County planners back two 633-foot-high turbines in Shelby
ALBION – The Orleans County Planning Board on Thursday voted in favor of two 633-foot-high turbines in Shelby.
Borrego Solar System Inc. is proposing the two turbines on South Gravel Road in an apple orchard owned by the Smith family. Town Supervisor Jeff Smith recently retired as an apple grower. His family’s property is proposed for the two turbines. He is recusing himself from any votes or official discussion about the project.
The County Planning Board recommended that Shelby approve a special use permit for the project and also OK the site plan.
The two turbines would each have a capacity to generate 5 megawatts of power. The turbines would disturb 11 acres of land. The turbines would peak at 633 feet in height, and that is from the ground to the top tip of the blade. The ground to the main hub is 363.7 feet with the blades at a total diameter of 479 feet. Because of the height of the turbines, they will need to be lighted for Federal Aviation Administration standards.
The project includes a 20-foot wide access road, and that road will need to cross a stream. A battery storage system isn’t part of the project.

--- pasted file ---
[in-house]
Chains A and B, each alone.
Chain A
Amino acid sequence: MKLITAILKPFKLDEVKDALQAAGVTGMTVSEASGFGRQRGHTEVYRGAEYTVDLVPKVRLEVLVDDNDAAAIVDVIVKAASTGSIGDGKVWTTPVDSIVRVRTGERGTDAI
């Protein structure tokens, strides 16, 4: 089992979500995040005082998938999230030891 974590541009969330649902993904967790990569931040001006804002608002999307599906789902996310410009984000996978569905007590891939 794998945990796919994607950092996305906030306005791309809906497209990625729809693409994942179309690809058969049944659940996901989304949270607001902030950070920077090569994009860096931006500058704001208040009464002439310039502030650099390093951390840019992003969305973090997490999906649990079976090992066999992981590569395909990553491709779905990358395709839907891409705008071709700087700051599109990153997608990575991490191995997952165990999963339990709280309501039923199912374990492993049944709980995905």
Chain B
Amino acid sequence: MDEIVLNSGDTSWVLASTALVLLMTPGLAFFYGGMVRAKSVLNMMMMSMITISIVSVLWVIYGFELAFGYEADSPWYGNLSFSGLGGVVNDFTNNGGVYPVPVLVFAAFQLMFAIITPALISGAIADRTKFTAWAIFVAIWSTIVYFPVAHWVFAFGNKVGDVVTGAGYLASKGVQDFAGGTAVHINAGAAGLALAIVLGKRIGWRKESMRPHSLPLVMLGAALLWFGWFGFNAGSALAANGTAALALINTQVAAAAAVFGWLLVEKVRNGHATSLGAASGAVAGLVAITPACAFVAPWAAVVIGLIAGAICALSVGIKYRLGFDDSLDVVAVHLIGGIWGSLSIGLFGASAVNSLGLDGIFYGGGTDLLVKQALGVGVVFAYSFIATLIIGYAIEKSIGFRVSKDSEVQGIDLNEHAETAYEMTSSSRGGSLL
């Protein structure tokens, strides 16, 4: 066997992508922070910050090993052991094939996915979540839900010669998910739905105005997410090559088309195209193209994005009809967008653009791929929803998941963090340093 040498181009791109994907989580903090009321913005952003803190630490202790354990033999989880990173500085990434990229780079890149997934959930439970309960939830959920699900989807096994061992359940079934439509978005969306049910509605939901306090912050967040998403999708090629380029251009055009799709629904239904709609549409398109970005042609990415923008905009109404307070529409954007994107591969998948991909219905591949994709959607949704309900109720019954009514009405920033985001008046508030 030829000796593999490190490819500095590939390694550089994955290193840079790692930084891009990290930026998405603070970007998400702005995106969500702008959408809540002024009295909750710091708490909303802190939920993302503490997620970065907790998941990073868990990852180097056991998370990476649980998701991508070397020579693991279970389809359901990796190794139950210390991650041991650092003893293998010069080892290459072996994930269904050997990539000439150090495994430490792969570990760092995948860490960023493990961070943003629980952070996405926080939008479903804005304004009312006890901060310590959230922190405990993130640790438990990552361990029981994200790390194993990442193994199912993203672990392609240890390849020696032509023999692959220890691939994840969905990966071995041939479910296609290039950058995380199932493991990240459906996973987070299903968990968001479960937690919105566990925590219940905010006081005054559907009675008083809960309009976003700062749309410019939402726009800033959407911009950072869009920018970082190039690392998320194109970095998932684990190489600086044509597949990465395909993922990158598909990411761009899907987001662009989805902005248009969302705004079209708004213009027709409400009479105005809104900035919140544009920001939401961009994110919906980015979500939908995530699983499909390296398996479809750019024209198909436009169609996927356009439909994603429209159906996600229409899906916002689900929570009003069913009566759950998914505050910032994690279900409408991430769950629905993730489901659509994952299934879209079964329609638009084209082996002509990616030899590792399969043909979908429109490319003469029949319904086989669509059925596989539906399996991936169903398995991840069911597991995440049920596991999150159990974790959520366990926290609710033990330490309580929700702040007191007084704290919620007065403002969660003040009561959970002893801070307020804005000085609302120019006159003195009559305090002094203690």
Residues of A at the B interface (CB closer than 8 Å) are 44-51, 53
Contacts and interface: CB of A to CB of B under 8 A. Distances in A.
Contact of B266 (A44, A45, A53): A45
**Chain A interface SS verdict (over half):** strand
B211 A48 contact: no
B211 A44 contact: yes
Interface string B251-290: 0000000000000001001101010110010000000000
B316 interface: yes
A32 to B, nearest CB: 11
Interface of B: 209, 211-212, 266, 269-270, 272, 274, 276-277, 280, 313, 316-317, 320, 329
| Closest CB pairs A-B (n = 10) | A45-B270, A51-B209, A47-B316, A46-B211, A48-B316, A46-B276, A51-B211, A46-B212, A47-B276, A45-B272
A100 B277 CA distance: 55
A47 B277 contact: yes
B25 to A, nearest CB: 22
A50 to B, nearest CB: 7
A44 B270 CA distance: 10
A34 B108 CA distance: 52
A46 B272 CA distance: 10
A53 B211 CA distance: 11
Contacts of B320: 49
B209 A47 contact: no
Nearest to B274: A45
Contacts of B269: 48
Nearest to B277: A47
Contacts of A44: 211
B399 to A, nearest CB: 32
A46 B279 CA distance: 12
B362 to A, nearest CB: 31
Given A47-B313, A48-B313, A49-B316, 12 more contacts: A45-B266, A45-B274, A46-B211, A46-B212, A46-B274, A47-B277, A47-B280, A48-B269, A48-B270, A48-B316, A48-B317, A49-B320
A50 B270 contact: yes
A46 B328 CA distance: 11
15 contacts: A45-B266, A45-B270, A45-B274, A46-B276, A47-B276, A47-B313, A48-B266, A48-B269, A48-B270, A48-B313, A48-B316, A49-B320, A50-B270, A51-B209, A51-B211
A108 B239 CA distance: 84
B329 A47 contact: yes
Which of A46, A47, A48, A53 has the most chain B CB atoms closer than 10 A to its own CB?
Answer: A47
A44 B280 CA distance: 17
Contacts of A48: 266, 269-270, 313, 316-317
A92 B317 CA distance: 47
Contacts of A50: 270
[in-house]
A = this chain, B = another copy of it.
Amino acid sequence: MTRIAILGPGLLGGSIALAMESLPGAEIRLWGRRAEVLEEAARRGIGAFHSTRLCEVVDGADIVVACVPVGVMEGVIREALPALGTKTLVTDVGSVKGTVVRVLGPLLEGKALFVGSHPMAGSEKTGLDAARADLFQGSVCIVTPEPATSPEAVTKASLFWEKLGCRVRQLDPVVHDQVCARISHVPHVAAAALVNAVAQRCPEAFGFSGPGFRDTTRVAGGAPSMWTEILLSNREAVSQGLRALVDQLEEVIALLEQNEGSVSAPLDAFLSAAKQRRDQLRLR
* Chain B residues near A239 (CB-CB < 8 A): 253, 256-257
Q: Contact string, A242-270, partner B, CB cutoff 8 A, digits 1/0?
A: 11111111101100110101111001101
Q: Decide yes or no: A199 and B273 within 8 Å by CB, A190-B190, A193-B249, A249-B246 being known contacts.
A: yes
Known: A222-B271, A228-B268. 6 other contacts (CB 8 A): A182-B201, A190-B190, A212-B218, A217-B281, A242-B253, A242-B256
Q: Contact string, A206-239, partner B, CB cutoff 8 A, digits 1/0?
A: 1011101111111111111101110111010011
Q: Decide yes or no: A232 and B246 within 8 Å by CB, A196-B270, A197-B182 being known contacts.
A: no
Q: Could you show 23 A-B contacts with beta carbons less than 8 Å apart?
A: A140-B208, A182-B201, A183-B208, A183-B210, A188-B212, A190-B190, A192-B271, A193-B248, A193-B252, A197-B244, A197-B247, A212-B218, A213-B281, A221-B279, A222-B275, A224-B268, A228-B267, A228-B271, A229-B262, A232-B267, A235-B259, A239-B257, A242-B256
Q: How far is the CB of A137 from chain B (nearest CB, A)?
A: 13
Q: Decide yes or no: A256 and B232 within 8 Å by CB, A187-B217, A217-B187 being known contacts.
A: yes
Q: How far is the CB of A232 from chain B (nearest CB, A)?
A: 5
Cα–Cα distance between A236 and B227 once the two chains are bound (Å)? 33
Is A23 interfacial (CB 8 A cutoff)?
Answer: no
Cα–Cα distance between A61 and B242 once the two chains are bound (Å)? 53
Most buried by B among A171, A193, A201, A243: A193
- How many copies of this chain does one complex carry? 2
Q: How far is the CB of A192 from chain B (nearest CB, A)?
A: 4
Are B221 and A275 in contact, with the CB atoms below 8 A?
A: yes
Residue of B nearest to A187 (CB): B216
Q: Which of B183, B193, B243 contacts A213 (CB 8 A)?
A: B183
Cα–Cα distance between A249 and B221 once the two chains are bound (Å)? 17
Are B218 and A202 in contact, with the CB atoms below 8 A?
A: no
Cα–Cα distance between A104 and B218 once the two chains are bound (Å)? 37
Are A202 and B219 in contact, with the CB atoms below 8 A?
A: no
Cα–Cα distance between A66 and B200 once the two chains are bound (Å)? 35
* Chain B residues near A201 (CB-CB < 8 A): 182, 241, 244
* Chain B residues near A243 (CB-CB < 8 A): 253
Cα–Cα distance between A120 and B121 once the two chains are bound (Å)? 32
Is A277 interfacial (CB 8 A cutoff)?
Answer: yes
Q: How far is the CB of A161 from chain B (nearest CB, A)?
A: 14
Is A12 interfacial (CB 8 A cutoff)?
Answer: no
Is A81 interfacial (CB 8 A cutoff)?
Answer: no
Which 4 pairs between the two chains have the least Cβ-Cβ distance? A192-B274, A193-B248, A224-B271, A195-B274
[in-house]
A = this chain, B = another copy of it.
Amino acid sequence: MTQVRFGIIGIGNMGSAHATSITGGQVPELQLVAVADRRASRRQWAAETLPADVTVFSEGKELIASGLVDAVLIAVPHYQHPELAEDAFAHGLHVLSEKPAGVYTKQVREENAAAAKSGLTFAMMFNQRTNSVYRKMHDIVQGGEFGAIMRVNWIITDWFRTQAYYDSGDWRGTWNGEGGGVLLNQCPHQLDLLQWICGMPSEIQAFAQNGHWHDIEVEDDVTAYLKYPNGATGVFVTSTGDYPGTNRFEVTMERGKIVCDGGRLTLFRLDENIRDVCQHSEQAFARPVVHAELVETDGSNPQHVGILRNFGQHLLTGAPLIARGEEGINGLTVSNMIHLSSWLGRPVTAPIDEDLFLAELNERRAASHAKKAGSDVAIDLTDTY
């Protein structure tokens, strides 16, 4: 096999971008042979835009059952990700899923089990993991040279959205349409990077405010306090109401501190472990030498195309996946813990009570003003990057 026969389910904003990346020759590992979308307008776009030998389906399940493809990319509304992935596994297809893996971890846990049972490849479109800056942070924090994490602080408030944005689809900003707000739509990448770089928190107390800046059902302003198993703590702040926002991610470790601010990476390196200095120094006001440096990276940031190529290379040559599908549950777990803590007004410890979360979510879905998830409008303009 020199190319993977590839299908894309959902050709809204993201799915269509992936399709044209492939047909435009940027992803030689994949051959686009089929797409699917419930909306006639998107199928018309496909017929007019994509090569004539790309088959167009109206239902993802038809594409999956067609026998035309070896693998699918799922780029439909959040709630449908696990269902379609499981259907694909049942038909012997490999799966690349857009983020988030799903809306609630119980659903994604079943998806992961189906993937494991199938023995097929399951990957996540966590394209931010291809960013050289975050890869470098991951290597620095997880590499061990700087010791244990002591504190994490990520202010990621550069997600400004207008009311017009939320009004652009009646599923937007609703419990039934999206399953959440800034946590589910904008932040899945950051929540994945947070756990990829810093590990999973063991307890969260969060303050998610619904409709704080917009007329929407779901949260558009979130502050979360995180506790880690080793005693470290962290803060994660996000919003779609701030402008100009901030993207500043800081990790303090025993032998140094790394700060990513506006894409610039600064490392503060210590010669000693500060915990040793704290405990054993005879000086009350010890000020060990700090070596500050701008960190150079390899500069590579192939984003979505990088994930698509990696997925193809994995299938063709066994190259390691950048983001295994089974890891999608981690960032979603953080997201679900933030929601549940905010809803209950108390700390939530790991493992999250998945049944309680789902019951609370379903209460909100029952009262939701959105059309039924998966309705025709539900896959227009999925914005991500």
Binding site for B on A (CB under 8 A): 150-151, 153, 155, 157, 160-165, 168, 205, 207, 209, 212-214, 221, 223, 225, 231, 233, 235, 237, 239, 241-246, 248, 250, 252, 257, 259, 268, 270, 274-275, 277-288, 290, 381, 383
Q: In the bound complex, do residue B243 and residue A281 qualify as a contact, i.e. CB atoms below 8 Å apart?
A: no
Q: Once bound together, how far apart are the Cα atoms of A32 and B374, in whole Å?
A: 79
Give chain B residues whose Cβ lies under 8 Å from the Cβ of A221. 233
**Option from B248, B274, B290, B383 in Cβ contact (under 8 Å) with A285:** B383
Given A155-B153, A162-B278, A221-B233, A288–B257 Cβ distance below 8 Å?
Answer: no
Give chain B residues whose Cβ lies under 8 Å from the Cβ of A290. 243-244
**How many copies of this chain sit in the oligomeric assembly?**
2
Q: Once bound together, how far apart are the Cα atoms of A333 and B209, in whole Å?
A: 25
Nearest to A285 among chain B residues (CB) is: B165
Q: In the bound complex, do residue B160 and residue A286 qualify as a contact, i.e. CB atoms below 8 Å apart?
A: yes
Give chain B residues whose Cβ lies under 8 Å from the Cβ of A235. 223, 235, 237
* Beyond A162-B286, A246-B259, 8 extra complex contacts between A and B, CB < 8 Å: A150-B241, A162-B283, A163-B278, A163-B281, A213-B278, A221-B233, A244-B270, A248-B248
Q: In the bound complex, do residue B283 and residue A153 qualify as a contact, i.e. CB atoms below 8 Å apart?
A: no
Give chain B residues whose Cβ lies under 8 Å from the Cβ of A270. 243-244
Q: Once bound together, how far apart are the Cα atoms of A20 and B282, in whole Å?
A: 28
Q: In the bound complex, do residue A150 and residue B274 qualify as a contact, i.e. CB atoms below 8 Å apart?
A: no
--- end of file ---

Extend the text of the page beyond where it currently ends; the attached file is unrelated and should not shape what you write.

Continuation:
Borrego, the project developer, plans to keep existing trees around the edge of the property to act as a noise and visual buffer. Borrego presented visual studies that show the turbines would be very prominent on Route 63, and also would be visible from the Oak Orchard Elementary School and Glenwood Avenue canal bridge near Main Street.
A shadow flicker study was conducted at 166 locations. Borrego said the maximum light flicker will be 19 hours, 34 minutes a year, or just over 3 minutes a day on average.
Borrego in a noise analysis report said the sound decibels will range from 28 to 43 dBA, which falls within the sound category for quiet rural nighttime to small town residence.
The County Planning Board recommended that Shelby submit the proposal to the U.S. Department of Interior for its review about whether the turbines pose a risk to migratory birds and bats. The project would be close to the Iroquois National Wildlife Refuge.
County planning officials said construction of the project would result in some traffic delays when the long blades are being delivered. Once the project is constructed, there will be minimal traffic to the site, planners said.